Data Protection Day 2015: businesses must educate consumers about the value of their data | DMA

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Data Protection Day 2015: businesses must educate consumers about the value of their data


Data Protection Day 2015: businesses must educate consumers about the value of their data

Wednesday 28 January is Data Protection Day 2015. The aim of the day is to raise awareness of online data privacy issues, and it calls on organisations to pledge their commitment to the cause by “Respecting data, safe guarding date and enabling trust”. For one-to-one marketers working in a data-driven economy, earning consumer trust depends on educating them about how their data will be used and about the value of their data.

A common refrain is that the ‘internet is powered by naivety’ – that consumers are unaware of just how valuable their data is that they freely share through social media and making online purchases. This should be of huge concern to the data-driven marketing industry, as no marketplace can thrive in the long run without some notion of fair value exchange. But there is now a clear fair value exchange available to consumers at the moment; businesses must explain why they need their personal data and state how the consumer benefits from this. Consumers will never be a part of a fair value exchange if they are not empowered with the knowledge to understand the choices they make. Businesses must educate their customers on this value exchange to empower both parties.

A study by the DMA,Data privacy: What the consumer really thinks, carried out in June 2012 found that consumers form three broad groups: ‘privacy pragmatists’ - those willing to make trade-offs on a case by case basis; ‘privacy fundamentalists’ - those unwilling to provide personal information; and the ‘privacy unconcerned’ - people unconcerned about the collection of their personal data. In effect, 69% of the population are either unconcerned or happy to exchange their personal data in the right circumstances. The mission is to convince the other 30% of the benefits of sharing their personal data and that those that are unconcerned should be aware of the value exchange when using their personal data to access products and services. There is a lot more to be done.

The new DMA Code has been designed to shift businesses’ focus from only ensuring their marketing complies with the law to working to a higher set of principles based on consumers’ data privacy expectations. Businesses adhering to the DMA Code are leading the way in combating some of the negative perceptions that exist among the public.

Chris Combemale, executive director at the DMA, believes the new Code is vital to the success of the digital economy:

Treating the customer with fairness and respect lies at the heart of our Code and is key to fostering trust. Data fuels the digital economy, so earning customer trust is a commercial imperative. Companies must make every effort to ensure that they always collect and use consumers’ data in ways that they expect and benefit from.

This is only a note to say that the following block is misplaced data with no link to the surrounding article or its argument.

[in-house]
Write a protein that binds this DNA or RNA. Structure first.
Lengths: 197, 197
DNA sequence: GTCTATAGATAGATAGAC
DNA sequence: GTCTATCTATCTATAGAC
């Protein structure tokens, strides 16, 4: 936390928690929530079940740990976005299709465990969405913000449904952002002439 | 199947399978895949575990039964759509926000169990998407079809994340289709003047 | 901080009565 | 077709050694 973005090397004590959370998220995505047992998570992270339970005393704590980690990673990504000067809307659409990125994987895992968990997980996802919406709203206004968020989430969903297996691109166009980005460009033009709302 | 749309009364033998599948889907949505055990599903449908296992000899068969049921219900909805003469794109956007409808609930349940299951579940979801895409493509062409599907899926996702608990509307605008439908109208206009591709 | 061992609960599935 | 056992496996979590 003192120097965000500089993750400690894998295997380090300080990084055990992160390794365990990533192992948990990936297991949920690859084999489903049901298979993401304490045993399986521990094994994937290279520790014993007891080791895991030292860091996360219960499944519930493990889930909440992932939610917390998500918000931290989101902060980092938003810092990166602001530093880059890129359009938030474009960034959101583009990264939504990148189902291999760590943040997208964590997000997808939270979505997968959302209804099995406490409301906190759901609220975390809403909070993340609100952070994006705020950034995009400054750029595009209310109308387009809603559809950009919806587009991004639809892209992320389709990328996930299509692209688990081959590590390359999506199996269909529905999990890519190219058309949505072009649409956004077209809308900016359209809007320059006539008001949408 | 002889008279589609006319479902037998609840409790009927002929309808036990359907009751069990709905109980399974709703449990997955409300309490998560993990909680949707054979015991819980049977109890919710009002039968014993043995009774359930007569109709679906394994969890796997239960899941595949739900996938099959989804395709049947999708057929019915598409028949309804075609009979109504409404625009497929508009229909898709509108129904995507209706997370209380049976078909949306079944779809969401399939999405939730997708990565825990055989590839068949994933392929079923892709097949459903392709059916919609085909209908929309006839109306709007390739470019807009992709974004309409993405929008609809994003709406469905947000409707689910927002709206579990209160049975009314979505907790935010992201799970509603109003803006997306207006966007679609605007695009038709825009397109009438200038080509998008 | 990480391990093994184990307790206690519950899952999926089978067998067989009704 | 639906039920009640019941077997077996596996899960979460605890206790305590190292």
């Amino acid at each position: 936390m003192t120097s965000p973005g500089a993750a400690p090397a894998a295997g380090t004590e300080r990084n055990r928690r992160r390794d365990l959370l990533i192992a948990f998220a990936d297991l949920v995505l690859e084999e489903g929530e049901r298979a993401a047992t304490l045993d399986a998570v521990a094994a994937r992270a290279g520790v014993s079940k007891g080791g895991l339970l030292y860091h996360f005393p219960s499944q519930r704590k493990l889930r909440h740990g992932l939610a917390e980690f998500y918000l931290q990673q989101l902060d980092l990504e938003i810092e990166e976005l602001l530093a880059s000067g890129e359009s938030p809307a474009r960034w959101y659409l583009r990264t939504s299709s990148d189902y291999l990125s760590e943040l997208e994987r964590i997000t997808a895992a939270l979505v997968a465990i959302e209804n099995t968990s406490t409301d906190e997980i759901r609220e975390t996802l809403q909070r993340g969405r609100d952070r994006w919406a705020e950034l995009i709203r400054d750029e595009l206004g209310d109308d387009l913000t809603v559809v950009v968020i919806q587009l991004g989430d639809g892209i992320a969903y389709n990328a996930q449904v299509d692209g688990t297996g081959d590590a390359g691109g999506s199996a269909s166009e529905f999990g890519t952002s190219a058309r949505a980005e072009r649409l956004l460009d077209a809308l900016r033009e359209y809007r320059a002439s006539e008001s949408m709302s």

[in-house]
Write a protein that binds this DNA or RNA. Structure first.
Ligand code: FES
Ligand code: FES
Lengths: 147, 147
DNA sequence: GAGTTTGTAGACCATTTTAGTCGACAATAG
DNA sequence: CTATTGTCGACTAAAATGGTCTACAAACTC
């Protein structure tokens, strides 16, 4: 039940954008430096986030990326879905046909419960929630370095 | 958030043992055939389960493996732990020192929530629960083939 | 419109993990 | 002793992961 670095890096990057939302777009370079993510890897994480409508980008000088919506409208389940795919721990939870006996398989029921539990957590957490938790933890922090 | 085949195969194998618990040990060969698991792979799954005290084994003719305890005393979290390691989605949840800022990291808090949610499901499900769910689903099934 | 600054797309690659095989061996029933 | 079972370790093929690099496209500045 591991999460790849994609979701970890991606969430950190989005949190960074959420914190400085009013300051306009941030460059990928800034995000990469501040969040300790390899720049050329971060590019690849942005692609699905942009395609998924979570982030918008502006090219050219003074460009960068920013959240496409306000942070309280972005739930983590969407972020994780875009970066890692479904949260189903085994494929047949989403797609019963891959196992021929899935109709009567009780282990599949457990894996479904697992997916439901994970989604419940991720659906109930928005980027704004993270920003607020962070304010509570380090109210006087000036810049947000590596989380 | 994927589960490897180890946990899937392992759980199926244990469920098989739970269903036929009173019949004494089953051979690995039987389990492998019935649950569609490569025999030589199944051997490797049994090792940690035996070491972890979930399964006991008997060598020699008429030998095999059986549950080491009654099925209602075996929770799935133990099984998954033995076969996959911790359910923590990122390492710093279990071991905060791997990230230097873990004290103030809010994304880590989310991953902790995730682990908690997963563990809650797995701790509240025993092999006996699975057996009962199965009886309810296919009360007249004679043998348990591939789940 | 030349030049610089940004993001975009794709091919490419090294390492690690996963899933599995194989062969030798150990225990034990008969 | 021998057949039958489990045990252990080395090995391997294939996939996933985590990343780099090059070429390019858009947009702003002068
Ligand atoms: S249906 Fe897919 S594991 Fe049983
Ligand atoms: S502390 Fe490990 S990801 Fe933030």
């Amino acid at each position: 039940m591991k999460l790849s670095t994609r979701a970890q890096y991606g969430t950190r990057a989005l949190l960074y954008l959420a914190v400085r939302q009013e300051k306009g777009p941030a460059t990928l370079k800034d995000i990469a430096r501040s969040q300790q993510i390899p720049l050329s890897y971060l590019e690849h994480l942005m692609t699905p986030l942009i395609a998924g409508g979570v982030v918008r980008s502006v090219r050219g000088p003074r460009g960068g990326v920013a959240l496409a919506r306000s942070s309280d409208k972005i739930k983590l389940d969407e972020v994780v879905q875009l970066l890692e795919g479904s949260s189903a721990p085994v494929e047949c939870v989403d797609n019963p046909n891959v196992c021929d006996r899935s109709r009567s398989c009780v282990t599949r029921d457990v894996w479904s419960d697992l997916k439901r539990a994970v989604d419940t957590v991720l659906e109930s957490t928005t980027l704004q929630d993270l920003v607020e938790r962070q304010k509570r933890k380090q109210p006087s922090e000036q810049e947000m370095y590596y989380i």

Already there are great examples of businesses leading the way, The Guardian produced an excellent video ‘Why your data matters to us’ , it explains the key reasons why data is collected and reassures people that their data will be kept safe and above all not sold on to a third party. Guardian customers are rewarded with personalised content, exclusive offers, invitations to events and better targeted advertising. These benefits are only gained if people are willing to share their personal data. In turn targeted advertising allows for increased revenue, which means even more quality content for Guardian customers.

Another excellent example is Channel 4’s 4oD service, which now has over 11 million registered users. Customers are incentivised to register with 4oD for a range of benefits, such as exclusive content and tailored recommendations. Channel 4 use its data insight to enhance its special not-for-profit commercial model; for example it now offers advertisers targeted ad packages on 4oD, which means more can be spent on content for the viewer.

David Abraham, chief executive at Channel 4, said:

Encouraging people to share their details in the first place can be a challenge, which is why we launched our Viewer Promise giving our viewers complete control over their data and transparency on how we use it. Our growing database is testament to its success.

At the moment not enough consumers are aware of the great benefits to be had in sharing their personal data with businesses but neither are enough businesses doing their bit to educate consumers and show them the value exchange. It is up to marketers to maintain the trust of consumers and show people that sharing their data is not something to shy away from but something to embrace, which crucially delivers fantastic benefits to people.

The one-to-one marketing industry is at a turning point and it must embrace the new era of transparency. While many consumers remain naïve of the benefits, it is up to businesses around the UK to change this and educate people about the benefits. Today, on Data Protection Day, each marketer and organisation should pledge their commitment to recognising one-to-one marketing as an exchange of value between its business looking to prosper and its customer looking to benefit.

Want to know more? Attend the DMA's annual conference Data protection 2015 on 27 February

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